Schüller und Zühlke at the Mercateo Executive Summit

    Procurement - a dying profession?

    When the study ‘Future-Proof Procurement’ was published in 2016, it caused a sensation. The team of authors described four possible scenarios for procurement in the year 2035 ranging from its creative reinvention to the demise of the entire profession. Recently, two of the study’s co-authors, Hannah-Mareen Zühlke and Dr Marcus Schüller, spoke about the two scenarios that are gathering pace on the market. Ironically, these two scenarios are at the opposite ends of the spectrum. They present procurement with a stark choice between all and nothing: purchasers will either become a creative driving force with a networking role – or be replaced by algorithms.

    A future without procurement?:

    • A 2016 study outlined four possible scenarios for the future of procurement
    • Two of them are emerging as front-runners – including the creative reinvention scenario
    • Co-author Dr Schüller discusses what this means for purchasers

    “The four future procurement scenarios in brief:”

    1. The procurement function disappears In the first scenario, humans are relegated to the sidelines. AI assumes the purchaser’s role in a fully networked company, handles operational procurement, and prepares strategic partnerships on the basis of data. Human employees merely monitor and steer the processes in this data-driven environment to make sure things run smoothly.

    2. Procurement becomes the centre of power in a company The second scenario describes procurement as the hub of all important decisions in an organisation. However, it has not yet emerged as the predominant future of procurement. Although algorithms can play a supportive role and in some cases can even participate equally in decision-making, innovation throughout the value chain comes primarily from purchasers. And anyone who wants to become a CEO needs to start out in procurement.

    3. Procurement is procured Purchasers become freelancers who are temporarily brought into a team by project managers for specific assignments. They purchase products and services and are judged by the savings they make. However, innovations and creative thinking are left to project managers.

    4. Procurement becomes a creative agency The procurement department becomes an agency for business model development and trend management as well as a creative service provider in its own right. Purchasers know their company’s products and services inside out. And since they also have a very good knowledge of their suppliers, they can work with them on joint innovations. Procurement reinvents itself and develops creative, innovative solutions in the same way as an in-house agency.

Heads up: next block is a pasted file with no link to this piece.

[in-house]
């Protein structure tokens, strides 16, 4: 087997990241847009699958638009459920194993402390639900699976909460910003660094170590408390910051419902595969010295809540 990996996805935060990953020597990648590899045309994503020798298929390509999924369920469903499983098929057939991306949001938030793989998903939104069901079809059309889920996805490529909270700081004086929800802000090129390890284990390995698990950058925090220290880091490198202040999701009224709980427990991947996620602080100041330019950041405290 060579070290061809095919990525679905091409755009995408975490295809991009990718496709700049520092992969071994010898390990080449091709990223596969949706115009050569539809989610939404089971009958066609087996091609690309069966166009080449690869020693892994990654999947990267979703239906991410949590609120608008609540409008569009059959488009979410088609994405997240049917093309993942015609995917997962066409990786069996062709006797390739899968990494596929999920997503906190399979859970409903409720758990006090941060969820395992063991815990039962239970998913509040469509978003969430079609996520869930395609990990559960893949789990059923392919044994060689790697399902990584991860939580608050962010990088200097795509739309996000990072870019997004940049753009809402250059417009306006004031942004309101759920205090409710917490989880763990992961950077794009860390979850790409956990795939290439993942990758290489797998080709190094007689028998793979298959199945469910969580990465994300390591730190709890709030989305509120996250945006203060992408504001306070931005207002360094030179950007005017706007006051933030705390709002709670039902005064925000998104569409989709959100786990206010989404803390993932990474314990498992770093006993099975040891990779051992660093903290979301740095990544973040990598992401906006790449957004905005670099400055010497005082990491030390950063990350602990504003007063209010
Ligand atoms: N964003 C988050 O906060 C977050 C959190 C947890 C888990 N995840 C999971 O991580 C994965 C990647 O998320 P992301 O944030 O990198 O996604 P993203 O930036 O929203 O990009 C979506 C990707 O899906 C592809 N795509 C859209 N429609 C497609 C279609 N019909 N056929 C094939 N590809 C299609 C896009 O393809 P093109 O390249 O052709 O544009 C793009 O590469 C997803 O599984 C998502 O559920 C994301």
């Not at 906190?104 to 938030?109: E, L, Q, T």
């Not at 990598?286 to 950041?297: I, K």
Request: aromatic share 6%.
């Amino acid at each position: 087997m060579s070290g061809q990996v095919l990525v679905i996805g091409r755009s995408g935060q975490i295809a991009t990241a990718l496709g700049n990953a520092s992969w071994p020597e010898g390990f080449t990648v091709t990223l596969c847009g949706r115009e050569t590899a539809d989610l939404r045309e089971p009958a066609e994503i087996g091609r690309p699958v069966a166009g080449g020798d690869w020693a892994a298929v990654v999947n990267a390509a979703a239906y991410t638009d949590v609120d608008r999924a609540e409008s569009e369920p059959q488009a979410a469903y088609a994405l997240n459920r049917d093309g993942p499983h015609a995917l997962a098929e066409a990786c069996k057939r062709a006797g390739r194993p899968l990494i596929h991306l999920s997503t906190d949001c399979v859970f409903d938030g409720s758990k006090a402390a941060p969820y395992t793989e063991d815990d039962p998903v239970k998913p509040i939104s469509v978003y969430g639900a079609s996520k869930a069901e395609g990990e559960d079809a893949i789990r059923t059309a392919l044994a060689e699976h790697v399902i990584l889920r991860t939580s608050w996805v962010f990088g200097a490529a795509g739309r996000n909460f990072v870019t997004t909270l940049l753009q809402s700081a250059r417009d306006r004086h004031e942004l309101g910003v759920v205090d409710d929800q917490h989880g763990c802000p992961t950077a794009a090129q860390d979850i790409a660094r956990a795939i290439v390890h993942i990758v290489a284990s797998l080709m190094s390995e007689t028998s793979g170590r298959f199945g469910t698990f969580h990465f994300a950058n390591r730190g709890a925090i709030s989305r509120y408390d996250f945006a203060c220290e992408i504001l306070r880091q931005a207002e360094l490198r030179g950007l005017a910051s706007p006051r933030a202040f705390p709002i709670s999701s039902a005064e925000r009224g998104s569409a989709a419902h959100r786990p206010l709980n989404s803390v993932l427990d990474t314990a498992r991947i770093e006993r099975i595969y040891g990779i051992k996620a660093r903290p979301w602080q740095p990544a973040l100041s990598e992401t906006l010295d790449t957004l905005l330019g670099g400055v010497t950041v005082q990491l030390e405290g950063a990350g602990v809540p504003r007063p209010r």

At the 7th Mercateo Executive Summit, two of the study’s authors, Dr Marcus Schüller and Hannah-Mareen Zühlke, spoke about how the world of procurement had developed in the meantime. Zühlke stressed that purchasing departments don’t tend to follow one of the scenarios to the letter. True, one scenario often predominates, but aspects of all four can be seen. According to the co-authors, the main trends observed on the market are the focus on efficiency and automation (Scenario 1) and the reorganization of the entire procurement silo with strands of innovation (Scenario 4). The shades of grey in between remain grey, yet companies seem to prefer an approach which is black or white.

    “We will work with AI”

    However, all four future scenarios have two things in common: digitalisation and scrutinising purchasers’ role in the organisation. Marcus Schüller is confident that “we will work with AI”. It’s already plain that procurement will be asked to explain how it contributes to the company’s profitability and success. “Cutting costs, providing services and maintaining quality are typical responses – and these are jobs which aren’t going to disappear,” says Marcus.

    However, there are also many other demands which don’t have much to do with placing orders or finding solutions, but focus on collaboration, networking, and relationships with suppliers. According to Marcus Schüller, procurement departments in organisations of all sizes currently spend 70–80 per cent of their time on operational tasks like ordering and forwarding, etc. But these are jobs which only appear in this form in the third scenario – one which businesses are largely rejecting.

    Who writes here?

    Julia Rau Autorin

    My name is Julia Rau and I work as an editor at Mercateo. As a trained journalist, I spent several years poking my nose into all kinds of things for daily newspapers and, among other things, wrote a series on digitalisation. My inexhaustible curiosity drives me time and time again towards all those topics for which the Federal Government has included a “4.0” in the title.

    Julia Melissa Rau